Remember the days of the old school yard?

caithness turbine

Fears for child safety after wind blows turbine blade 60 yards
The Times
5 September 2013

Fears over children’s safety have been raised after the blade of a wind turbine similar to ones installed at Highland schools was thrown 60 yards by wind.

The turbine in Caithness started to break up as it was hit by a gust, and parents believe that pupils could be seriously injured, or even killed, if the incident is repeated at one of the 13 primary and secondary schools across the region that have their own turbines.

Brenda Herrick, the chairwoman of Castletown community council, has a grandson at Castletown Primary in Thurso.  She said yesterday that she was worried in case a blade from the turbine at the school hit one of the children.

“I was already extremely concerned, but this shows just how dangerous they can be,” she said.  “We keep being told they are safe, but no one can guarantee that and I don’t want one of these blades flying into my grandson or any other child.”

Highland Council shut down its turbines after a risk assessment recommended extra safety measures, including putting fences around them.  Mrs Herrick, 72, said, however, that the barriers would do nothing to protect children from flying debris.

“Children aren’t allowed to play conkers in school for health and safety reasons, but it seems it’s OK to put dangerous machines in their playgrounds — it makes no sense at all.”

Stuart Young, chairman of Caithness wind farm information forum, said that a witness had seen a piece of debris from the blades of the Scrabster Hill turbine near Thurso land about 60 yards away from the mast after it was hit by a 40mph gust.

The 85ft structure is on farmland and only a couple of hundred yards from A836 Tongue-Thurso road. Mr Young said: “Highland Council steadfastly refuses to acknowledge any risk from siting small wind turbines in school playgrounds.”

He said that turbines could fail in wind speeds far less violent than those that manufacturers said they could withstand.  Mr Young said: “Failures are usually caused by human error, but it is humans who order the installations, and install and maintain them. Surely now Highland Council will take notice and remove wind turbines from school playgrounds.”

A Highland Council spokesman said: “The council is satisfied that we have put in place the required risk assessments of wind turbines in schools to ensure their safe operation.”

Councillor Donny Kerr, who represents Inverness Central and has previously raised concerns about turbines in playgrounds, said that he was still wary of them. “I would be surprised if this sort of damage was done by a 40mph gust,” he said. “However, anything mechanical is prone to faults.”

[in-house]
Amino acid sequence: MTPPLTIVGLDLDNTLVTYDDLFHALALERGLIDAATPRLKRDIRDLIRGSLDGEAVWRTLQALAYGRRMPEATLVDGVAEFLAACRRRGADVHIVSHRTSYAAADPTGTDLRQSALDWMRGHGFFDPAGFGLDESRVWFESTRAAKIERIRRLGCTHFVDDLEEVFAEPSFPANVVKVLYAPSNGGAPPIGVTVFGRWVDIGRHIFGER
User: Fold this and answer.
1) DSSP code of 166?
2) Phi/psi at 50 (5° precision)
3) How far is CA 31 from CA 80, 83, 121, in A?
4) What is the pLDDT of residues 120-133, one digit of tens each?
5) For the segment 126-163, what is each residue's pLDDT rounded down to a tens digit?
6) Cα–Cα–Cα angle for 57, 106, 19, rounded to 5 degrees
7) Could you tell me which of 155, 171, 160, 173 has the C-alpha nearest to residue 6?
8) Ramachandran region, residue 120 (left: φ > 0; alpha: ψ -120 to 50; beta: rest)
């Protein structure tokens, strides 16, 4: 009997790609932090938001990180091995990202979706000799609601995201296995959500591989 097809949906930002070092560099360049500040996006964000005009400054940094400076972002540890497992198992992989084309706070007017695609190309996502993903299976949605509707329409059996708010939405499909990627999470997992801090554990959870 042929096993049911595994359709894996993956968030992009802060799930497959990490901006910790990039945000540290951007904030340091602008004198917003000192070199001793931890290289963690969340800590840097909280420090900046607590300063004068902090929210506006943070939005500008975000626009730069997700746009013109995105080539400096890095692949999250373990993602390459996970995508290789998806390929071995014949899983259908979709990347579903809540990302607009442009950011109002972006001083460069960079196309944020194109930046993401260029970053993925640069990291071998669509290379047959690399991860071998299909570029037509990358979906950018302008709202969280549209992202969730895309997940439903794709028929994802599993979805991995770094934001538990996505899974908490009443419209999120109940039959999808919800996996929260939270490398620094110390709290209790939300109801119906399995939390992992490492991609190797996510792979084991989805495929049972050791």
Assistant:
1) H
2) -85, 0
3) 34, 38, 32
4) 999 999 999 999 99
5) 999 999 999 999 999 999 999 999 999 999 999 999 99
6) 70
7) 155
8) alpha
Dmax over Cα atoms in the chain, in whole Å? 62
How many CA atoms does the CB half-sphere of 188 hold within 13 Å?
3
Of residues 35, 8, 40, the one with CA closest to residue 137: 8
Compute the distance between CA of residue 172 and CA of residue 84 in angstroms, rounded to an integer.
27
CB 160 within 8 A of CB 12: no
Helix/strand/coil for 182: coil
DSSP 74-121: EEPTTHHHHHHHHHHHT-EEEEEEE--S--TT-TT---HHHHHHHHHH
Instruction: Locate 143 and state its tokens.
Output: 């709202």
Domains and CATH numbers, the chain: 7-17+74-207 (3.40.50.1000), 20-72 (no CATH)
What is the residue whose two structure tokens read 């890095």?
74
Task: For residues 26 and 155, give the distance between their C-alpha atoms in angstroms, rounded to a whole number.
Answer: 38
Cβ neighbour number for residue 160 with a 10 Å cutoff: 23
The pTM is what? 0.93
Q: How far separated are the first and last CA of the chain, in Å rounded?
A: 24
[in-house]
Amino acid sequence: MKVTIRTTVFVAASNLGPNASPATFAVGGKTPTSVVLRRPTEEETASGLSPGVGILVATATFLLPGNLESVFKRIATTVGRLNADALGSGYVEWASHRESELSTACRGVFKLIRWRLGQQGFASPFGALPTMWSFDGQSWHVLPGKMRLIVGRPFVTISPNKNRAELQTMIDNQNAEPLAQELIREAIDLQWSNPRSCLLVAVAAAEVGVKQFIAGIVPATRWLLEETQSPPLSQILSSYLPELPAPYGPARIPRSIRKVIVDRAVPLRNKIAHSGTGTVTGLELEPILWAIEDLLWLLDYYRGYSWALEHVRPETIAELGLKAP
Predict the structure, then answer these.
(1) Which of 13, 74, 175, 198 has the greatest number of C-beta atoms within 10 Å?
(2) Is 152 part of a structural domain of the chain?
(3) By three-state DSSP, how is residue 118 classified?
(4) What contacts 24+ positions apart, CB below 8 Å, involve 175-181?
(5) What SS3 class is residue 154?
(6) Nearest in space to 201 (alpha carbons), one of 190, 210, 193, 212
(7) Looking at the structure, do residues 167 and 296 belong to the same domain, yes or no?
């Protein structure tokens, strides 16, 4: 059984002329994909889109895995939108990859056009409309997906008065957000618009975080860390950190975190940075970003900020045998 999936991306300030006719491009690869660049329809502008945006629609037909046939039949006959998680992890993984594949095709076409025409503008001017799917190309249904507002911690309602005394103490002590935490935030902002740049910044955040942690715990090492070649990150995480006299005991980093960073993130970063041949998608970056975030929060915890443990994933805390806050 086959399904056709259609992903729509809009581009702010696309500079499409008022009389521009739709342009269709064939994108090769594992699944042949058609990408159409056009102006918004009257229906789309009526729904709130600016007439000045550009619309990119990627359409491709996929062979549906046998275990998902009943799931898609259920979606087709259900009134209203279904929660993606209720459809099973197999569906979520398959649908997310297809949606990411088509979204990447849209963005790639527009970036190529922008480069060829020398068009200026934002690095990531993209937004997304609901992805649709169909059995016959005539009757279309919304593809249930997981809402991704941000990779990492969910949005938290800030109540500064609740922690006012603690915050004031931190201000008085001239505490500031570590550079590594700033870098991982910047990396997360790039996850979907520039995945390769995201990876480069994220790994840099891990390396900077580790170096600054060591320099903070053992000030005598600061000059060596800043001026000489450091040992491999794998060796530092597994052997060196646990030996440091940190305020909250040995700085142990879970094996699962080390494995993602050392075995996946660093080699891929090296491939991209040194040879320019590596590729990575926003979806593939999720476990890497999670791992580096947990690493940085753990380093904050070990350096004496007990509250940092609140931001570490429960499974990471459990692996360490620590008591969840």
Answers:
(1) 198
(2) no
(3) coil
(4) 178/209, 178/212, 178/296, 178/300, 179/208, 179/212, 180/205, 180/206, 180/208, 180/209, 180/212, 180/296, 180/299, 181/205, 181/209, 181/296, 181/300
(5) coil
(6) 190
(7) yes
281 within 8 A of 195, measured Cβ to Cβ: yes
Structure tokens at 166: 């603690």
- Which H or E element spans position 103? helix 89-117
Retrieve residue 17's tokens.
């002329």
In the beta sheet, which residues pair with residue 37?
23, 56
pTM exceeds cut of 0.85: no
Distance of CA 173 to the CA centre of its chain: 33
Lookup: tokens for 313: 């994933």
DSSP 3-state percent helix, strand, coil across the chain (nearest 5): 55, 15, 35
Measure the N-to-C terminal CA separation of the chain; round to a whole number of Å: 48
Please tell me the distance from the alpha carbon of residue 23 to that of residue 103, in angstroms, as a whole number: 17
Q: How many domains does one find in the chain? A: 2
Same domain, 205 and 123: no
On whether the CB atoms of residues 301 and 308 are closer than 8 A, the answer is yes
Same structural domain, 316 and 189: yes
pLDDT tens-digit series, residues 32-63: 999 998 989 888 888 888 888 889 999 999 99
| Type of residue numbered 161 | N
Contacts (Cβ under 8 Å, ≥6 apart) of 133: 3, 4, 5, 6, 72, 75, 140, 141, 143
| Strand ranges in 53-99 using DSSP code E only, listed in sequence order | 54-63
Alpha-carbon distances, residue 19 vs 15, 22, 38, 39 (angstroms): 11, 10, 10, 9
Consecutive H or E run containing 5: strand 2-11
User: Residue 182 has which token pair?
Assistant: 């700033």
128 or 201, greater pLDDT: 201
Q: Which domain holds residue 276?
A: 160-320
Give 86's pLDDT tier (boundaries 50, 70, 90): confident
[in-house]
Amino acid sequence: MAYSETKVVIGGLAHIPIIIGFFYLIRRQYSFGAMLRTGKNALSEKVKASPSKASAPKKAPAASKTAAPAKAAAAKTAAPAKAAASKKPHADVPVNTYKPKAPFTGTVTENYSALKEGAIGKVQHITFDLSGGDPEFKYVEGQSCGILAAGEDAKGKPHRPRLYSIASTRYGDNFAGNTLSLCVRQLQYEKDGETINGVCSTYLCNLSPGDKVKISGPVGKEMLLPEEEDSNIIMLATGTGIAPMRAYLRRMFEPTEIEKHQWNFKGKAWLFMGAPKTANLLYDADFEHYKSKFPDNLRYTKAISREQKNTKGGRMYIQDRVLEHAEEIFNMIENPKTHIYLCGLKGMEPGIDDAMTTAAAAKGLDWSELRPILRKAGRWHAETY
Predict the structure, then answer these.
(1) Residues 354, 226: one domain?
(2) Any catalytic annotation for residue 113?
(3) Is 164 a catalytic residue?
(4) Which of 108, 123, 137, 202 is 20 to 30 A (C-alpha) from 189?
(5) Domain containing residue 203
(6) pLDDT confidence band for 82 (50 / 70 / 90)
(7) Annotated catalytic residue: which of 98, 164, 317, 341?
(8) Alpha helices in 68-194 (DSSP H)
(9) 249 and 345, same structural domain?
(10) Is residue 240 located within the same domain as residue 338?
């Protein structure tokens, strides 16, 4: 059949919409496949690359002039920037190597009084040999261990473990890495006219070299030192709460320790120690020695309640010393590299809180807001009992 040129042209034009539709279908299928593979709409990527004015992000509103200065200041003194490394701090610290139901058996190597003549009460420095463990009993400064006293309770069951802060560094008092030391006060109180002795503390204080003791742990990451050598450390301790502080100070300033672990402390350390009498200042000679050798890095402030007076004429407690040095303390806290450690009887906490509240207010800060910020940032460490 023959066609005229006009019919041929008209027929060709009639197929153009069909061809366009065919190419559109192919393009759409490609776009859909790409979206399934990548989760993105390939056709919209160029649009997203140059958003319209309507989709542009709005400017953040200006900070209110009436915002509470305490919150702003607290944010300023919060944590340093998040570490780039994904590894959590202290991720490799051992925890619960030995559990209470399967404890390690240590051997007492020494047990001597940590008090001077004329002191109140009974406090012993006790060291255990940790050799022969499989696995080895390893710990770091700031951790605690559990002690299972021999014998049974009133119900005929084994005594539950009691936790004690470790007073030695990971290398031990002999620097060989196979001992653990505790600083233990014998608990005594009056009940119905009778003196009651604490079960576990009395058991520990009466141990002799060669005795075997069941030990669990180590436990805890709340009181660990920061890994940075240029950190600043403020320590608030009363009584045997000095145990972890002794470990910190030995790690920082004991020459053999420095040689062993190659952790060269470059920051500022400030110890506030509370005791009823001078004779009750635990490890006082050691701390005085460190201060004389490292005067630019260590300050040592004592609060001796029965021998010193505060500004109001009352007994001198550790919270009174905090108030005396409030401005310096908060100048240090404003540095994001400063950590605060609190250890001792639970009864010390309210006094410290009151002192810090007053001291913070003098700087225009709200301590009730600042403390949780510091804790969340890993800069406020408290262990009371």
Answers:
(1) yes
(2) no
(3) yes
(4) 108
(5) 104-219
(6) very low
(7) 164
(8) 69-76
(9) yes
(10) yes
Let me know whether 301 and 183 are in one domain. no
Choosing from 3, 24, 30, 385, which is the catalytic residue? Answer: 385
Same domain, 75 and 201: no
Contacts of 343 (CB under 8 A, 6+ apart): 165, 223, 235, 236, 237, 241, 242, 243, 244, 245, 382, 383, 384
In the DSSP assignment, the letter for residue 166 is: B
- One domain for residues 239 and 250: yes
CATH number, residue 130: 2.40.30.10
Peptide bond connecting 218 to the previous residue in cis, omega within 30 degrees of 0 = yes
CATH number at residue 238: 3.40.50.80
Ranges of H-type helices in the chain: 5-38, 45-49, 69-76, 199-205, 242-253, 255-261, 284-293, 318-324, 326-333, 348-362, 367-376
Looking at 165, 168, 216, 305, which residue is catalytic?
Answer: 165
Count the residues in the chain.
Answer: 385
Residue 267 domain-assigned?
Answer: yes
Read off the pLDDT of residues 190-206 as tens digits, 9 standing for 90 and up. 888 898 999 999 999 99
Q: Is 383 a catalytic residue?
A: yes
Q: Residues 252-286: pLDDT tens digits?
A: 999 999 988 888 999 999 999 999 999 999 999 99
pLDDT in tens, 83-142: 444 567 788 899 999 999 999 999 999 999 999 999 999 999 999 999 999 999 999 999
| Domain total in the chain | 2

The damaged turbine in Caithness is owned by John Henderson, of Scrabster Farm.  He could not be contacted for comment yesterday.

A turbine at Raasay Primary, on the Isle of Skye, was removed after it broke up in 2009.
The Times

A while back we covered what wind weasels call “component liberation” in our post – Life in the “throw zone” which included the video of a Vestas’ turbine “liberating” its components.

That led to a retort from one of AGL’s employees at Macarthur – calling himself “Prowind” – about the exploding turbine – “that turbine in the video is not accident, they purposely let it self destruct.  That is NEVER going to happen at MacArthur.”

We dealt with “Prowind” in our post – Logic: not found on other planets? – which included a serious scientific study into the distances blades are likely to travel during “component liberation”.  The study dealt with over 37 “component liberation” events, recording blade throw distances of up to 1,600 m.

We also covered – yet another component liberation – in our spoof post – IWTs or WMDs?

The obvious irony and sarcasm in that post was lost on greentards – a humourless bunch at the best of times – which prompted us to explain the difference between the literal and the figurative – in this post – It’s all about the costs, stupid.

TurbineBlade-OklahomaTornado

I’m all for “liberation”, but this is ridiculous.

****

This liberated component lobbed on the roof of an Oklahoma kindergarten in the US.

So if you are sending the kids off to school – and they’re anywhere near a wind turbine – make sure you pop a hardhat on their dear little heads.

hard-hats-1

Mum says it’s all part of our “clean” energy future.
The hats look cool – but I’m not sure that we’re really safe. That fan looks very big and a bit too close.

About stopthesethings